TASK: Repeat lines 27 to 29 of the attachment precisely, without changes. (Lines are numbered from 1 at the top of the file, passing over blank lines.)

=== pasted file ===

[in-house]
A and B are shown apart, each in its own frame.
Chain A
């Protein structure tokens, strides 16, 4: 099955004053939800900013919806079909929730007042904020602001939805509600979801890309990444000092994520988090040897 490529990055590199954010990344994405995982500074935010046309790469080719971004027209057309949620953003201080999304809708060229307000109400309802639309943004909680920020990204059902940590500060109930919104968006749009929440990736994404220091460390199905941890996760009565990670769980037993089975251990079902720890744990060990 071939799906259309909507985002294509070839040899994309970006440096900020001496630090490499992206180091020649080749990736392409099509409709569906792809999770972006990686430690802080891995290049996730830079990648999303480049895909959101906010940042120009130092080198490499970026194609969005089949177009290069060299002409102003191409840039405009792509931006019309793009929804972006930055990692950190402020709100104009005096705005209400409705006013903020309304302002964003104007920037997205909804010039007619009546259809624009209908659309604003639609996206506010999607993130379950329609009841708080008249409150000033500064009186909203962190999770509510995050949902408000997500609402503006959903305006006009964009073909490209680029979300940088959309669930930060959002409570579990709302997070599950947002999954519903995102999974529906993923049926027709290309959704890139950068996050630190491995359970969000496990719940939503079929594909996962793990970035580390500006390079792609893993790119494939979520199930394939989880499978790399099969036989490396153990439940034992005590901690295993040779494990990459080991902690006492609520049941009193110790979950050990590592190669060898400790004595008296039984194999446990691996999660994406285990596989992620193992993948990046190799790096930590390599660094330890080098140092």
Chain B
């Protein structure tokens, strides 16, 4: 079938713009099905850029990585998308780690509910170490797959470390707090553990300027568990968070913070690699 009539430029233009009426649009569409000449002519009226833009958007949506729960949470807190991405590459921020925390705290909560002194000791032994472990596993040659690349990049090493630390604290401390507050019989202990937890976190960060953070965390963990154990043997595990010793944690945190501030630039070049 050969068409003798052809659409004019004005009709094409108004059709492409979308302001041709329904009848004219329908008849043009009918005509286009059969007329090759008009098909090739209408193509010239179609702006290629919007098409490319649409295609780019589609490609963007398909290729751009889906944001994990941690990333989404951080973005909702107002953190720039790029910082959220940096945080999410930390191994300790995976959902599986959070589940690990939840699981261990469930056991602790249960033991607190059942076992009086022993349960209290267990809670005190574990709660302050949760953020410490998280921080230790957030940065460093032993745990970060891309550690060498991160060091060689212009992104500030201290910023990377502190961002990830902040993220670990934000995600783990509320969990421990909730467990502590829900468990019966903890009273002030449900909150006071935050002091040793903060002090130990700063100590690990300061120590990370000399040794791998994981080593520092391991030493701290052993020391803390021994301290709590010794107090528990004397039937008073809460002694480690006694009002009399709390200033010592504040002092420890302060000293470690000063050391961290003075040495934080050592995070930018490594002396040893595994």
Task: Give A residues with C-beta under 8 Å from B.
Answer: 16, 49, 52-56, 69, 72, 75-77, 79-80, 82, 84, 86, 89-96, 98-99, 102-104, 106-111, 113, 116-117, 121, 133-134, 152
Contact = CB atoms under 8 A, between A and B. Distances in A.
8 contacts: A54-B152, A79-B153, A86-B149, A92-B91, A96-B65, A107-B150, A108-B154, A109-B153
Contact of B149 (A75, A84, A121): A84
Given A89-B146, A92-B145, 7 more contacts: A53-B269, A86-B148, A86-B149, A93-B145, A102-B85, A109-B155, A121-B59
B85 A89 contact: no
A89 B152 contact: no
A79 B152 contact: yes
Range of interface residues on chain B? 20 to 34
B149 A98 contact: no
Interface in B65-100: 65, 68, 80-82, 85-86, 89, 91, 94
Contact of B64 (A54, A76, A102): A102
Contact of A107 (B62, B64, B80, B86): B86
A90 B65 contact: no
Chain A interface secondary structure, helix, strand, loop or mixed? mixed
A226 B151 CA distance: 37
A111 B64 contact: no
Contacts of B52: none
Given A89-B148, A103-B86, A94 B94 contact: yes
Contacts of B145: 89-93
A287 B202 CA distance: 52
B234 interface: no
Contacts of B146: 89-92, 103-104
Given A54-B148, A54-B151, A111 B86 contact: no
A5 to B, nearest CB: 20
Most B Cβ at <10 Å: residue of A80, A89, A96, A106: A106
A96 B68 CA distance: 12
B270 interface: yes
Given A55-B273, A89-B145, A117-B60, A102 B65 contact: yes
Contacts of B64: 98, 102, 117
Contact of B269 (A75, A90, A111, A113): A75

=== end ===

Contacts of B145: 89-93
A287 B202 CA distance: 52
B234 interface: no